Carmen Calvo and Juan Luis Arsuaga

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Carmen Calvo Juan Luis Arsuaga

Carmen Calvo
Photograph by Amparo Garrido

Carmen Calvo

Carmen Calvo is a contemporary artist who has made significant contributions to international art. She uses a variety of formal, technical and theme resources. She represented Spain at the Venice Biennale in 1997. Calvo is the recipient of numerous leading prizes and awards. Among them we can mention the Spanish National Prize for Visual Arts in 2013 and, in 2014, she was elected Academic Member of the San Carlos Royal Academy of Fine Arts, Valencia. Her work has been shown in the most important museums in Spain and beyond, with places in the top public and private international collections, including the Solomon R. Guggenheim Museum, New York, and the Reina Sofía Museum in Madrid.

Carmen Calvo and Juan Luis Arsuaga
Excavations at the Valley of the Neanderthals archaeological site (Pinilla del Valle, Madrid) / Photograph by Amparo Garrido

Juan Luis Arsuaga
Photograph by Amparo Garrido

Juan Luis Arsuaga

Juan Luis Arsuaga is a Professor of Palaeontology at the Complutense University of Madrid. Since 1991, he has been one of the excavation directors at the archaeological site in Sierra de Atapuerca, Burgos, the site of fossils that have proved essential to understand the evolution of man. In addition, he is the Scientific Director of the Museum of Human Evolution in Burgos. Arsuaga has published over 80 papers in the world’s most renowned journals. Moreover, he works with researchers and academic institutions from all over the world. An enthusiastic science populariser, Arsuaga has organised and participated in successful exhibitions and documentaries. He is the author of about 15 books on evolution, including The Neanderthal’s Necklace: In Search of the First Thinkers, The Chosen Species: The Long March of Evolution and Vida, la gran historia, published in 2019.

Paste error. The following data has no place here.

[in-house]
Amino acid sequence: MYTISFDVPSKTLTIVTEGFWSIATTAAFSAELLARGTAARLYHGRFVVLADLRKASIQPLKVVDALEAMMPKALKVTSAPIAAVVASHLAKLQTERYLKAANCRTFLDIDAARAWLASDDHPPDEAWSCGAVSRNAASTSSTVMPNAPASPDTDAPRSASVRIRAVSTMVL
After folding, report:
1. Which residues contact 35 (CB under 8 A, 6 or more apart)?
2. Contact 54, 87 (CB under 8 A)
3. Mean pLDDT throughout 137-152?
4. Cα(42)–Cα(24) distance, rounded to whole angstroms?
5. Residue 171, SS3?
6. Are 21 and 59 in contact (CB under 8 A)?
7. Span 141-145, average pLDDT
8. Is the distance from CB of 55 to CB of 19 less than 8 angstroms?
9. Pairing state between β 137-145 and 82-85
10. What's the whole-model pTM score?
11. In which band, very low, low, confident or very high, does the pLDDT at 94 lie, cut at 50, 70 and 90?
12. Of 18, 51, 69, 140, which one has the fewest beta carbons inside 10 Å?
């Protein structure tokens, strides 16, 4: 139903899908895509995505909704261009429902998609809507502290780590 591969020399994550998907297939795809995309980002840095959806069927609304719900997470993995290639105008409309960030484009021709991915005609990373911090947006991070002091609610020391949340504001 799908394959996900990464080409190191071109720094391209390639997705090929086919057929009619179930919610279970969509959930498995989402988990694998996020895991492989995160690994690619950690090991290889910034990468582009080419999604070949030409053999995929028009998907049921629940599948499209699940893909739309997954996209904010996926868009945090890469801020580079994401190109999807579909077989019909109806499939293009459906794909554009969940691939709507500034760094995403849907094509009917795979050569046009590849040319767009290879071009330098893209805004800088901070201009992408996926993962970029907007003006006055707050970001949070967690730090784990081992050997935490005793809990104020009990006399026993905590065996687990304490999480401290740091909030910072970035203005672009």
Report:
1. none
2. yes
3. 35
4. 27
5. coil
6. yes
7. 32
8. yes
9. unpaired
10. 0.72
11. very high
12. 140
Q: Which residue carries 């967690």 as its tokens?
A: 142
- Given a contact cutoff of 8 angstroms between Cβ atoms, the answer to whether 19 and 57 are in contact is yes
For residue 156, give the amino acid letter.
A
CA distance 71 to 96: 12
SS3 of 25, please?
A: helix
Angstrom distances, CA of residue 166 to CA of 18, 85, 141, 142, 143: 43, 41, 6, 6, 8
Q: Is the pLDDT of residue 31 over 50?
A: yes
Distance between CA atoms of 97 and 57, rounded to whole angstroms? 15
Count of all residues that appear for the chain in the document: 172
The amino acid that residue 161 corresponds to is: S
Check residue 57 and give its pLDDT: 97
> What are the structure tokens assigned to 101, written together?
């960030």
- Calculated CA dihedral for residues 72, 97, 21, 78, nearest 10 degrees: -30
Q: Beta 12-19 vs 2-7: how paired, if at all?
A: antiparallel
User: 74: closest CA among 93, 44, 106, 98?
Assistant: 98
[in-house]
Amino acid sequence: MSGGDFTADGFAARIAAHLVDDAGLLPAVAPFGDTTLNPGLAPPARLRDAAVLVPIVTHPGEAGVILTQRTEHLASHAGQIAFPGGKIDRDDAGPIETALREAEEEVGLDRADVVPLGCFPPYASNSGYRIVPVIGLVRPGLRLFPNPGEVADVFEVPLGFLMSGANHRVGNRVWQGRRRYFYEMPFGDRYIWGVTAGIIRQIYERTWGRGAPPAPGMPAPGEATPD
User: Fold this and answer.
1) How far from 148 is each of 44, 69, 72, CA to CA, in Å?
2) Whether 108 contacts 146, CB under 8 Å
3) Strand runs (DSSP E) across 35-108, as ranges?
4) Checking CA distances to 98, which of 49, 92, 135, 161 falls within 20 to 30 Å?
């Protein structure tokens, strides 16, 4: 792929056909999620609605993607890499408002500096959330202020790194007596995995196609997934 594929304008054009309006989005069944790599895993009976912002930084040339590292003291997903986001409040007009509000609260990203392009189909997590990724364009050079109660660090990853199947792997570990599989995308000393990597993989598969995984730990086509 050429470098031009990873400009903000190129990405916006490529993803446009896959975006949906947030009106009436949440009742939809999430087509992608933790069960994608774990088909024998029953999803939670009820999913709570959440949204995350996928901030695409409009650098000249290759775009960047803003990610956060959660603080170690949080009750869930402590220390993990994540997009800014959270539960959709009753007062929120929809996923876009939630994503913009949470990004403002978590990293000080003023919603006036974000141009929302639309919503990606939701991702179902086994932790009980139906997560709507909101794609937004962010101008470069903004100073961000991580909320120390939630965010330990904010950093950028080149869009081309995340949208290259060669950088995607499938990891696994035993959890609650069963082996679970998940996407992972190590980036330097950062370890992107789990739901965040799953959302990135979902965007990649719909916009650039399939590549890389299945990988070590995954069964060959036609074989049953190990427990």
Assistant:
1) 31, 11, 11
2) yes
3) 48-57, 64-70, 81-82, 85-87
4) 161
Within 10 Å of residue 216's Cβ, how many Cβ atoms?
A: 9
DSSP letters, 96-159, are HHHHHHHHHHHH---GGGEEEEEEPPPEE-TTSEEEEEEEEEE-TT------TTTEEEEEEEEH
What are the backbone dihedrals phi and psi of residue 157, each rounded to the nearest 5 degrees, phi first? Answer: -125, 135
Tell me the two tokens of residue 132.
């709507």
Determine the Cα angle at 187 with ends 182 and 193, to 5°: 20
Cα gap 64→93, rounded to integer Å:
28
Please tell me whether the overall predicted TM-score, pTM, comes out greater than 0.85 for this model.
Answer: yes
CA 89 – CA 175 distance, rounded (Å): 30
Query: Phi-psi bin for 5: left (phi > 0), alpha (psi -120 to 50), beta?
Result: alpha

It blows my mind and touches my heart

I just love what Carmen Calvo does. I have done so for many years now.

CNIO Art 2020 gave me the opportunity to meet her and like her even more.

Being with Carmen and talking with her is just as delightful as looking at her works. It is a mysterious, amazing, unique, personal, free experience.

Carmen Calvo’s work is targeted at your mind, your soul, your being… all at once. I am fishing for the right words but cannot find them. This is exactly what I have always found exciting about it: it strikes and takes all the words away.


When I look at Carmen Calvo’s work, it takes me to the place I like over all other places in the world. It is the place where the mark is hit, the place for satori – the mind-dissolving experience of enlightenment in Zen Buddhism. Carmen has been to this place before me, and I feel I can share in her joy, her rebelliousness, her playfulness, her eroticism and her pain.

As an artist, it is an experience in humility – fishing for words for what cannot be put into words, that is maybe the realm of dreams, maybe the realm of the unconscious, a place we can barely talk about but where things make sense. The same place where objects and images, signifiers and signified become sounds, sounds gather into tunes and tunes make songs.

I can picture Carmen in her amazing studio, swarming with things that asked to be rescued and were listened to. Standing on her shelves, living with her, talking to her, listening to Radio Clásica with her, learning secrets about her that only they can tell.

Can an artist be in better company than surrounded by friendly objects talking to her, loving her and finding a new life for themselves in her work?

Carmen’s work is brimming with energy and tension. It is not easy or kind. Carmen does what she has to do. She has a world and a language of her own and uses a variety of techniques: painting, drawing, sculpture, photography, installation art…

Carmen is a multifaceted artist that eludes classification. She represented Spain at the Venice Biennale in 1997. When she turned 30, her work had been shown – and praised – in the leading art fairs and museums in Spain and the world’s most art-friendly capitals: New York, Paris, and so on.

Carmen Calvo’s work overpowers my senses, blows my mind and touches my heart. She is a woman, and she is so brave.

Amparo Garrido, Director and Curator of CNIO Art

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Gobierno de España
CNIO Stop Cancer
Banco Santander


Entrance Hall, Spanish National Cancer Research Centre (CNIO)
Exhibition opening: 20 February, 12 noon
Hours: Mon-Fri from 9am to 7pm*

* Visitors to the exhibition must show their IDs.